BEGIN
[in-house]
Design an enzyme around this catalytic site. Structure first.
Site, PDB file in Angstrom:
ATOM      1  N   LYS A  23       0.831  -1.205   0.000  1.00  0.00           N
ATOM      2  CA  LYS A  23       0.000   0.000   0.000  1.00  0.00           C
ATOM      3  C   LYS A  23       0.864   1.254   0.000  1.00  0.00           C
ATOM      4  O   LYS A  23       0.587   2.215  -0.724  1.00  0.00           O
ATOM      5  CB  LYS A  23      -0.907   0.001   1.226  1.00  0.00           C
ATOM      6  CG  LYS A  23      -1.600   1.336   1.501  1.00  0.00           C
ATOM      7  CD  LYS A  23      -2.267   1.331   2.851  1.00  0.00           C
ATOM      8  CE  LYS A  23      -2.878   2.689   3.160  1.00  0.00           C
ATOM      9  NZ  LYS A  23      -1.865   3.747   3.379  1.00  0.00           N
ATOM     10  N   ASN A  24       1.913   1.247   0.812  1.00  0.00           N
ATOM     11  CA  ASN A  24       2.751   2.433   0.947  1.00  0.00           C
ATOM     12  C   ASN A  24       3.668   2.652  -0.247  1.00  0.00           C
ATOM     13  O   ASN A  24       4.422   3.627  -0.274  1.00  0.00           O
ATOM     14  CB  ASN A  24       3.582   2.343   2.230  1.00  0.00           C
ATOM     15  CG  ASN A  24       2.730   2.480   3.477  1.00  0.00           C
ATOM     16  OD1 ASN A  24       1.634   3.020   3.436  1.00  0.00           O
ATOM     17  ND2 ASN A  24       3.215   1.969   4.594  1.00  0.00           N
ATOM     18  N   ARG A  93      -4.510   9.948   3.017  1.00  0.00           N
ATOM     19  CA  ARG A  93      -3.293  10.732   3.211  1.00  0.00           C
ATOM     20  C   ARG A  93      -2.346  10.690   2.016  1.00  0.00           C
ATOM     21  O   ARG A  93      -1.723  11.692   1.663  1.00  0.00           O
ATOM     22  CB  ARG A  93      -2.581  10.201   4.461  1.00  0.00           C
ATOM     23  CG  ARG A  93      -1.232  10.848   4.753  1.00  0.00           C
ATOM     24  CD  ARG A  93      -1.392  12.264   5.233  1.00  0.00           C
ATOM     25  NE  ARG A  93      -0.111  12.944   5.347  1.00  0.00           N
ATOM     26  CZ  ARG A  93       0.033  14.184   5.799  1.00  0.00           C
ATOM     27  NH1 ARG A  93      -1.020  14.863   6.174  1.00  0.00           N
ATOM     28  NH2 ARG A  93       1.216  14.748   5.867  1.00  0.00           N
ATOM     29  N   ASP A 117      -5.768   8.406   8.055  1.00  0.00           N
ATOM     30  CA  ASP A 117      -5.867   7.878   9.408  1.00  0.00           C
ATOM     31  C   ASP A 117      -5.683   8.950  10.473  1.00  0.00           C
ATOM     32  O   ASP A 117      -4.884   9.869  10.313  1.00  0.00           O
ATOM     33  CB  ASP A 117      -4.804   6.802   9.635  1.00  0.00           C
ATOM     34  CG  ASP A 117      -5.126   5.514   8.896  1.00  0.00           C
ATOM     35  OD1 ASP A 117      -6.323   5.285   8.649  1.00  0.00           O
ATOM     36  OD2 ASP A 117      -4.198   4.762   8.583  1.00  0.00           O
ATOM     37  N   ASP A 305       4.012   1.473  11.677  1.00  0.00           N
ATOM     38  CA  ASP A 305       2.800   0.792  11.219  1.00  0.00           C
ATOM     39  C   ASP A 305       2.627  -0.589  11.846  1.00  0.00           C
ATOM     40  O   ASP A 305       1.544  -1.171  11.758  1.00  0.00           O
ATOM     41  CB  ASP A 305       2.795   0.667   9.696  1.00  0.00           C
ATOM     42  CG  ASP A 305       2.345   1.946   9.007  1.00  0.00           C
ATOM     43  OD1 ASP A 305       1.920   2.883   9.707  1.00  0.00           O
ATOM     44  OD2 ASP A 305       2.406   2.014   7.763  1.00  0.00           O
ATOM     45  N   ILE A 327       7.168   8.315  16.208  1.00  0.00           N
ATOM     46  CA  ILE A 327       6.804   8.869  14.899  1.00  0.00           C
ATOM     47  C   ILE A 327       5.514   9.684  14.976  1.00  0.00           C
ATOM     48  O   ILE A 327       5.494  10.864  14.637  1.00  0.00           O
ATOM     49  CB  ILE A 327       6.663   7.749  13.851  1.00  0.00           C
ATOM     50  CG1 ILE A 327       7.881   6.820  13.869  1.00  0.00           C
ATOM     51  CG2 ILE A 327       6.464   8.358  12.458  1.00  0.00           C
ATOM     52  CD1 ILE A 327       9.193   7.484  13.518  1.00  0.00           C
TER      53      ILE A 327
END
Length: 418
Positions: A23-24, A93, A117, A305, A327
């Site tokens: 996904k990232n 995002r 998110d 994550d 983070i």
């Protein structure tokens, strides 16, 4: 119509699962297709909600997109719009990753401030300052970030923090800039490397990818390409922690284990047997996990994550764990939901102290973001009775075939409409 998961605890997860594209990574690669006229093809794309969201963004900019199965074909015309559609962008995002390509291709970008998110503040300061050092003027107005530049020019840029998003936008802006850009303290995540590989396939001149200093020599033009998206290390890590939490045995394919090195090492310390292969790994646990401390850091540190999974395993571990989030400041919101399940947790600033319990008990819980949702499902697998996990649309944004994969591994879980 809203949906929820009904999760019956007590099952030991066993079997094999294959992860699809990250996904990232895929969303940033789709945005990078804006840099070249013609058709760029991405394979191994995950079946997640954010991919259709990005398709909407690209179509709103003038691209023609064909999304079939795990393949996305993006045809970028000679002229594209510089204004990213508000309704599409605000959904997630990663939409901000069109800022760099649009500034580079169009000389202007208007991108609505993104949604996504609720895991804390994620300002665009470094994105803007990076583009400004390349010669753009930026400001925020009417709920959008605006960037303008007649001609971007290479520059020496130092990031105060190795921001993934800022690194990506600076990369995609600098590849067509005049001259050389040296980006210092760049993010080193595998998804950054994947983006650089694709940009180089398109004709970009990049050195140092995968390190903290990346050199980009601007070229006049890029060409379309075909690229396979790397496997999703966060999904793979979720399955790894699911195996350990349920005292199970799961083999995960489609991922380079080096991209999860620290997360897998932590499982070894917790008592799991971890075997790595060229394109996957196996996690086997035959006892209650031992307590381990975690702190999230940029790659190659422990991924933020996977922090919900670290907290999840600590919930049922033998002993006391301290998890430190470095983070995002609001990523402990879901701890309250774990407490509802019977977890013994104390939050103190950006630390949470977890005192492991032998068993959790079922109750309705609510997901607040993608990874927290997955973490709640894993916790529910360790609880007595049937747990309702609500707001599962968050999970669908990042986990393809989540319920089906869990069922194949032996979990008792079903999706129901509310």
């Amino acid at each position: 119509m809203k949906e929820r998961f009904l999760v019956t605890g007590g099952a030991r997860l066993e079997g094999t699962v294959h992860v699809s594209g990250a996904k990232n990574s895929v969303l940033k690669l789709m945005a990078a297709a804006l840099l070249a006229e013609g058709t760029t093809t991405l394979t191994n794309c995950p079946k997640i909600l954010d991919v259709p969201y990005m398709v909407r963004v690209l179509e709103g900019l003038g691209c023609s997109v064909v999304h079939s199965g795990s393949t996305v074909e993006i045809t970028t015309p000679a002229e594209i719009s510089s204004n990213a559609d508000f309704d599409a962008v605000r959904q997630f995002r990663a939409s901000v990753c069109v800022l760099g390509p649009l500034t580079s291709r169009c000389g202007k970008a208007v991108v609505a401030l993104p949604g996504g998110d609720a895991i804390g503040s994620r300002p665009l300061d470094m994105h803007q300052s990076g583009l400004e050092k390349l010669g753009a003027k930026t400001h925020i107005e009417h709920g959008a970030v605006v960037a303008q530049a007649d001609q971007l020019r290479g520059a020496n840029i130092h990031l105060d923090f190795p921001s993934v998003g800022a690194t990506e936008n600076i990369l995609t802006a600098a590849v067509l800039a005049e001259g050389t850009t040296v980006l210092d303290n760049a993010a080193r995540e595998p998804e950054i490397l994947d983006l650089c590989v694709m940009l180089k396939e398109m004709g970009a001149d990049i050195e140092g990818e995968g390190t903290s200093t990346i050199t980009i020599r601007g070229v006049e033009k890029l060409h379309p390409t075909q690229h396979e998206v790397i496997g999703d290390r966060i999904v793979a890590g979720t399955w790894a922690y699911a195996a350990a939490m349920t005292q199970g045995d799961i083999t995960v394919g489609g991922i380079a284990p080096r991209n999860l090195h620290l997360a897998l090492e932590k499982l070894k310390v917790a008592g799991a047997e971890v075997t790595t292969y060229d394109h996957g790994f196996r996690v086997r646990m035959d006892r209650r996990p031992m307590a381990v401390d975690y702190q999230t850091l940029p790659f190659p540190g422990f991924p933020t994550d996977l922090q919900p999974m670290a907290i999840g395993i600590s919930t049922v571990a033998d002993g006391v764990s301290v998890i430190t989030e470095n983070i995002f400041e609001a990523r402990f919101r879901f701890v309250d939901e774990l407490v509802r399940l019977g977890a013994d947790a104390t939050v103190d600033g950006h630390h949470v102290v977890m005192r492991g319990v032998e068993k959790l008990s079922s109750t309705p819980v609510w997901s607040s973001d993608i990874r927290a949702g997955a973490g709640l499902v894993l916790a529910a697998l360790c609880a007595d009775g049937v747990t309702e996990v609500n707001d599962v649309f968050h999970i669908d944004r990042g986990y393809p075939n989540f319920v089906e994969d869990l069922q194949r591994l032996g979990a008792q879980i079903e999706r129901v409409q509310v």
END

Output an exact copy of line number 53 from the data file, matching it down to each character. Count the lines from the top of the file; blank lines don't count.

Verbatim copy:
ATOM     50  CG1 ILE A 327       7.881   6.820  13.869  1.00  0.00           C